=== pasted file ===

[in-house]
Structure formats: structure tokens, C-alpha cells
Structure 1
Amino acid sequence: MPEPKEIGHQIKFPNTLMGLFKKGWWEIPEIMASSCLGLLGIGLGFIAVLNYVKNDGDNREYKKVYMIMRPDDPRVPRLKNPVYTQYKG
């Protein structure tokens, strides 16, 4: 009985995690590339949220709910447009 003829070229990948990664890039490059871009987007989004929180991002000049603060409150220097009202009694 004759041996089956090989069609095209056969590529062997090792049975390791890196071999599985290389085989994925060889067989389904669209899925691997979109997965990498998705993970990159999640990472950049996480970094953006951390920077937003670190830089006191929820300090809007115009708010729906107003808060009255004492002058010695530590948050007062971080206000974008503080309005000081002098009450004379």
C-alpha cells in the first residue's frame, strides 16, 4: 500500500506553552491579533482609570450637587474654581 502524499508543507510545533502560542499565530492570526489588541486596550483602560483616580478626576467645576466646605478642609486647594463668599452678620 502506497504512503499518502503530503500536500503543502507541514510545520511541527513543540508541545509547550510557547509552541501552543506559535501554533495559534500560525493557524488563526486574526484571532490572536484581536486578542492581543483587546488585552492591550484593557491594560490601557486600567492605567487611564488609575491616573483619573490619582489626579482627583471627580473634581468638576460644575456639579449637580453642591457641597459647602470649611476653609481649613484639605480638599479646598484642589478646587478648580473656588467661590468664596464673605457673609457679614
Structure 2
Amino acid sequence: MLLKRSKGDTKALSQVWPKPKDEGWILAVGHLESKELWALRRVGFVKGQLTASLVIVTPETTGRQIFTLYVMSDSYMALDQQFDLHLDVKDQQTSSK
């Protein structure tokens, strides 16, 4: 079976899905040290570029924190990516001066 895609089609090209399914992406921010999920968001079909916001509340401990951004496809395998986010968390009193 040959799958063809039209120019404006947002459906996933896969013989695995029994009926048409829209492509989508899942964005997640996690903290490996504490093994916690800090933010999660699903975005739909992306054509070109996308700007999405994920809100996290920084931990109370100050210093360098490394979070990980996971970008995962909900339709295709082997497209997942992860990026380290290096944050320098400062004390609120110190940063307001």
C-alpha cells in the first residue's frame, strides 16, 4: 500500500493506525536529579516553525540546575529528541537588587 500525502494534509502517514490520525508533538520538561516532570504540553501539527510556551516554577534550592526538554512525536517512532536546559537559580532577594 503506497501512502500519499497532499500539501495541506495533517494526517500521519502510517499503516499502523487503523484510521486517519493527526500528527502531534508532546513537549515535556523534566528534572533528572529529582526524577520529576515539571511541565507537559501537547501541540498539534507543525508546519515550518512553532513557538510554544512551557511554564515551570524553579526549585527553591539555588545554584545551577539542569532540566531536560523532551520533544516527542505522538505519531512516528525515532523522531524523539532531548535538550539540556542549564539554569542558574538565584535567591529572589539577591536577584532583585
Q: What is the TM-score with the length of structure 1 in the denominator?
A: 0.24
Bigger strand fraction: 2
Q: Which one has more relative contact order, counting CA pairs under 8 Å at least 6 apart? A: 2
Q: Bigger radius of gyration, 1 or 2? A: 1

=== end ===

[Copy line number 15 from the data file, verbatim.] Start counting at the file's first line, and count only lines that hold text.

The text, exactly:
Q: Bigger radius of gyration, 1 or 2? A: 1